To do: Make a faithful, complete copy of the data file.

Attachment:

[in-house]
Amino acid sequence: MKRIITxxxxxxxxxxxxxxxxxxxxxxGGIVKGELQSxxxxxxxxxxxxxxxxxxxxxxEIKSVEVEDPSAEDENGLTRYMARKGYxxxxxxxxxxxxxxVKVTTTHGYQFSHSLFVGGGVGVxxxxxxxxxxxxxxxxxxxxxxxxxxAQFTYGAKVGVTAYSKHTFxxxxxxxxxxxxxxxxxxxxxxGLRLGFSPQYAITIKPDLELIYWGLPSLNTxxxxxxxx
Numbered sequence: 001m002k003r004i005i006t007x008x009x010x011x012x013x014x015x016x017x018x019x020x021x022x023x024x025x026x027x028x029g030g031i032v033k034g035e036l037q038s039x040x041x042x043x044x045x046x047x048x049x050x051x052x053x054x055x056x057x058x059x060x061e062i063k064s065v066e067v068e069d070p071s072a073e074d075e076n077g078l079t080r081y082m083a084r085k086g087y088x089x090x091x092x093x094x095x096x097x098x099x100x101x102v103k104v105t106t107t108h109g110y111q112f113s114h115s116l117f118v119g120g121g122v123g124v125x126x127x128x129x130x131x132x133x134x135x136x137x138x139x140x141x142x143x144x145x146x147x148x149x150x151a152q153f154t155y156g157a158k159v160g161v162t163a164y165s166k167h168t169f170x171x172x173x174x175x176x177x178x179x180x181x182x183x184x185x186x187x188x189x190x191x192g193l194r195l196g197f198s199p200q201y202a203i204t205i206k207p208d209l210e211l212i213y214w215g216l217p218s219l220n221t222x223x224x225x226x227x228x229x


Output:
[in-house]
Amino acid sequence: MKRIITxxxxxxxxxxxxxxxxxxxxxxGGIVKGELQSxxxxxxxxxxxxxxxxxxxxxxEIKSVEVEDPSAEDENGLTRYMARKGYxxxxxxxxxxxxxxVKVTTTHGYQFSHSLFVGGGVGVxxxxxxxxxxxxxxxxxxxxxxxxxxAQFTYGAKVGVTAYSKHTFxxxxxxxxxxxxxxxxxxxxxxGLRLGFSPQYAITIKPDLELIYWGLPSLNTxxxxxxxx
Numbered sequence: 001m002k003r004i005i006t007x008x009x010x011x012x013x014x015x016x017x018x019x020x021x022x023x024x025x026x027x028x029g030g031i032v033k034g035e036l037q038s039x040x041x042x043x044x045x046x047x048x049x050x051x052x053x054x055x056x057x058x059x060x061e062i063k064s065v066e067v068e069d070p071s072a073e074d075e076n077g078l079t080r081y082m083a084r085k086g087y088x089x090x091x092x093x094x095x096x097x098x099x100x101x102v103k104v105t106t107t108h109g110y111q112f113s114h115s116l117f118v119g120g121g122v123g124v125x126x127x128x129x130x131x132x133x134x135x136x137x138x139x140x141x142x143x144x145x146x147x148x149x150x151a152q153f154t155y156g157a158k159v160g161v162t163a164y165s166k167h168t169f170x171x172x173x174x175x176x177x178x179x180x181x182x183x184x185x186x187x188x189x190x191x192g193l194r195l196g197f198s199p200q201y202a203i204t205i206k207p208d209l210e211l212i213y214w215g216l217p218s219l220n221t222x223x224x225x226x227x228x229x